The northeastern region in India holds a unique feature of multiple ethnicities, identities layered with historical and political neglect. In the recent years Guwahati has witnessed a complex array of recurring floods, political unrest due to separatist movements and ethnic conflicts, illegal immigration and environmental risks of hydro-infrastructural projects in Assam. This presentation traces parallel threads to understand the conglomeration of factors that have resulted in influx of populations in the cities from the rural fringes and peripheries of the river Brahmaputra as well as in areas that have faced ethnic violence and tension. It presents data on artificial floods in Guwahati, the political history of the region through interplay of the various central-state actors, the incidences of violence clashes and state response to such events. The data shows that the perceived threat and violence in the region has led to mistrust, displacement of populations from their original homes, loss of livelihoods and access to basic facilities resulting in out-migration and poor living conditions in the city. However even in urban conditions, the lack of systems resilience has not guaranteed a better lifestyle or standards due to lack of power and water supply, health and education facilities. Therefore the constant pull and push factors in migration are defining the population movements that are manifested due to resilience of the system – the city as an interconnected unit in contrast to the rural independence and standards of living.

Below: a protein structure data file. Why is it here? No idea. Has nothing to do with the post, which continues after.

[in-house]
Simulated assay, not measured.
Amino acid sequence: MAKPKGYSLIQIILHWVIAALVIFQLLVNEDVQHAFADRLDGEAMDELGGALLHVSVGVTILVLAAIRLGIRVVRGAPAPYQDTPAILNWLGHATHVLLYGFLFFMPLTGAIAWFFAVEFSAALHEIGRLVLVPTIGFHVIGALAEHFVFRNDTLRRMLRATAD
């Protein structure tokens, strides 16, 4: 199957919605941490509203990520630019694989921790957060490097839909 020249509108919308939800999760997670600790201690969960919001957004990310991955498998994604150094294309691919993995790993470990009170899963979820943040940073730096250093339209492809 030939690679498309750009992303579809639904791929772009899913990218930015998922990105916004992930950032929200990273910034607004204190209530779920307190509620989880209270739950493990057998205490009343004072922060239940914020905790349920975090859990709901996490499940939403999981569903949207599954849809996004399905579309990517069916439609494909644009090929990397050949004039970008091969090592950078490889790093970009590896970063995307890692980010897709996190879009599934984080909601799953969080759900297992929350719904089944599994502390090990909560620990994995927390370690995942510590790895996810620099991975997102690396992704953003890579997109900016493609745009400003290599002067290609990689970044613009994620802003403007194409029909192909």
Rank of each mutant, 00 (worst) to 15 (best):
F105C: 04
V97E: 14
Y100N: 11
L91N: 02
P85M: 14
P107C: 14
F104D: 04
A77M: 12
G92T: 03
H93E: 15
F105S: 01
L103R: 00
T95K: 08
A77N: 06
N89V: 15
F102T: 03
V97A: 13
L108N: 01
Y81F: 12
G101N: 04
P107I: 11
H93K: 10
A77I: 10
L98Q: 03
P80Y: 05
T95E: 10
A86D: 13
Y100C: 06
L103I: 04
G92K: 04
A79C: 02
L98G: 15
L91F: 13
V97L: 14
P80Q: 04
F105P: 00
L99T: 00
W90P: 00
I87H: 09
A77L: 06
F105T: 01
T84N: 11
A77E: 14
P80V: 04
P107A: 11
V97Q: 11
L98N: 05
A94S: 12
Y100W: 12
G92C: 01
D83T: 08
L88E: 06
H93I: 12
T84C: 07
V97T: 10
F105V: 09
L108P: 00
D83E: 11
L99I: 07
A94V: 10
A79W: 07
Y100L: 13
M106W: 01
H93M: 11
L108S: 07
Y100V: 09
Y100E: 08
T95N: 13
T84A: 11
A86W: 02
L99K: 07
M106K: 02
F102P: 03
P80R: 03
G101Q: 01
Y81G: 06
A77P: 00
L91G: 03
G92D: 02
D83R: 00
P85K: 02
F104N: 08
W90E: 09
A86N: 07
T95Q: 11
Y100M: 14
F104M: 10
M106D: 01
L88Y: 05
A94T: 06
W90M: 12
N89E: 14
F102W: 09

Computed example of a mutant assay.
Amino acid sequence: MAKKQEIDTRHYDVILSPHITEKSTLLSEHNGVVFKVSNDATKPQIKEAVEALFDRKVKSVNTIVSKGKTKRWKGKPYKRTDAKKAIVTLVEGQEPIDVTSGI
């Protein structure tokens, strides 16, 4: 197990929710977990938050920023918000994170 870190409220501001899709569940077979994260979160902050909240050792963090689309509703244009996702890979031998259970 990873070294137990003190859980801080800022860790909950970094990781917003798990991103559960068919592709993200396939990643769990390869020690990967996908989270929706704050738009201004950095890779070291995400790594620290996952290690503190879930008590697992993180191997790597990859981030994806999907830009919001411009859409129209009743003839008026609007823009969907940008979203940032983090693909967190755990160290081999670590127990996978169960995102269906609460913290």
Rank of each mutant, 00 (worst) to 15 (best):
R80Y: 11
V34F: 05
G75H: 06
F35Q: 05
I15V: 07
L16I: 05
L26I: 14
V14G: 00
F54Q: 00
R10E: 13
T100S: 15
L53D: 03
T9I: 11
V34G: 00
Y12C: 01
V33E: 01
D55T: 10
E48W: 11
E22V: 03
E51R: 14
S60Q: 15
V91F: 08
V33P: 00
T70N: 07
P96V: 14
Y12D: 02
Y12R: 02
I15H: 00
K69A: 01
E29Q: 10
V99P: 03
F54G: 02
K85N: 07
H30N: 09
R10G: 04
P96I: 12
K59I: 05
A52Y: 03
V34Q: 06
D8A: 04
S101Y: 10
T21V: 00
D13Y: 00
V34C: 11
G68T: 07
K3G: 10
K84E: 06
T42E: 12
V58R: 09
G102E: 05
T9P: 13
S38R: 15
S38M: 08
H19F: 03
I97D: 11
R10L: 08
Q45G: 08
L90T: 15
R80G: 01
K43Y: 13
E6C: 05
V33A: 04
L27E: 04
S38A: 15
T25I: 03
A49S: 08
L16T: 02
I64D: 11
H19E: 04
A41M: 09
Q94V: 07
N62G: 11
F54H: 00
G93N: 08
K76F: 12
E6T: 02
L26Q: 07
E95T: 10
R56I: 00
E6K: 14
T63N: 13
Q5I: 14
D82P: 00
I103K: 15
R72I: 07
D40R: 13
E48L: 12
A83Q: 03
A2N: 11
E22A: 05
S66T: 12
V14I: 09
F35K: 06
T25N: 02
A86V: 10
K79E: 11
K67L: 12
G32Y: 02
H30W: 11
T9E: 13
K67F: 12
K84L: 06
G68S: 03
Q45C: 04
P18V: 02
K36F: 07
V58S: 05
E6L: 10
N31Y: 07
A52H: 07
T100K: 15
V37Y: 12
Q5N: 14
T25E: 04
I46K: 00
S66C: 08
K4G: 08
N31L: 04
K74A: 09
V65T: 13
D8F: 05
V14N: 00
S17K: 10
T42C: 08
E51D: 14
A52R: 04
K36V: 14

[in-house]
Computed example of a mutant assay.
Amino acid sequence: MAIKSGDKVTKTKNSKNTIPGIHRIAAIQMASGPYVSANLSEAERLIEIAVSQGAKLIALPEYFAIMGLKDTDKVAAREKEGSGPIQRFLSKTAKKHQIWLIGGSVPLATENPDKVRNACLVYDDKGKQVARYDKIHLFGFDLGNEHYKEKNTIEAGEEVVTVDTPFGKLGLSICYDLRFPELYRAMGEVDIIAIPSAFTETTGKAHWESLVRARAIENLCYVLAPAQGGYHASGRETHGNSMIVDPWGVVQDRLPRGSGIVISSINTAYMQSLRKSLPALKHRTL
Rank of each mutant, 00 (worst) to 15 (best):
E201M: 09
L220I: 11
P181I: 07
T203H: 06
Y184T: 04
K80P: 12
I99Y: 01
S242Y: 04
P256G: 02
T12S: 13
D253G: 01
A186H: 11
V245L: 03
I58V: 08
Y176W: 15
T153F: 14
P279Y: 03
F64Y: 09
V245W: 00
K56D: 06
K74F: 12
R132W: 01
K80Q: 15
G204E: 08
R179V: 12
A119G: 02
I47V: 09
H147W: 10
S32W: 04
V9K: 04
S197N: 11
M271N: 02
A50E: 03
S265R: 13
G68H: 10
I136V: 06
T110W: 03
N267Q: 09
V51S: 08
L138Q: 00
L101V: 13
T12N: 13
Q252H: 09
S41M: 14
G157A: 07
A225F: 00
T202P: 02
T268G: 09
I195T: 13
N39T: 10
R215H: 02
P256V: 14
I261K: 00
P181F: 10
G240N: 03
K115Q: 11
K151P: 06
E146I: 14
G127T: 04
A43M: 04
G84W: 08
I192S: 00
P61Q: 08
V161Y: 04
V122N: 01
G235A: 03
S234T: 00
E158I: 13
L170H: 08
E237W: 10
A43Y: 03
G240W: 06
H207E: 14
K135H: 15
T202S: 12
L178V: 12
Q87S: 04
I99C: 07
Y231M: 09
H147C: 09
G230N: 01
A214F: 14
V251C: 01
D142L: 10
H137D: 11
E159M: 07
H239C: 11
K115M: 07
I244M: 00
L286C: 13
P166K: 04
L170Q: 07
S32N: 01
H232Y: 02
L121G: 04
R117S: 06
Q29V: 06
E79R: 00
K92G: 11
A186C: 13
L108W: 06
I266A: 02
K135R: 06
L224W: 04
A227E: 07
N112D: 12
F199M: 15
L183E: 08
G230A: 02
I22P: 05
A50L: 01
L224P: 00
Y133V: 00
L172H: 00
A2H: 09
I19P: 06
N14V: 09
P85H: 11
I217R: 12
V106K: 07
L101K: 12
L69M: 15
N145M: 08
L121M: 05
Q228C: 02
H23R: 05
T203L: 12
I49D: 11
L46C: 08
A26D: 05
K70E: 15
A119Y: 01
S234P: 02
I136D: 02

More to follow..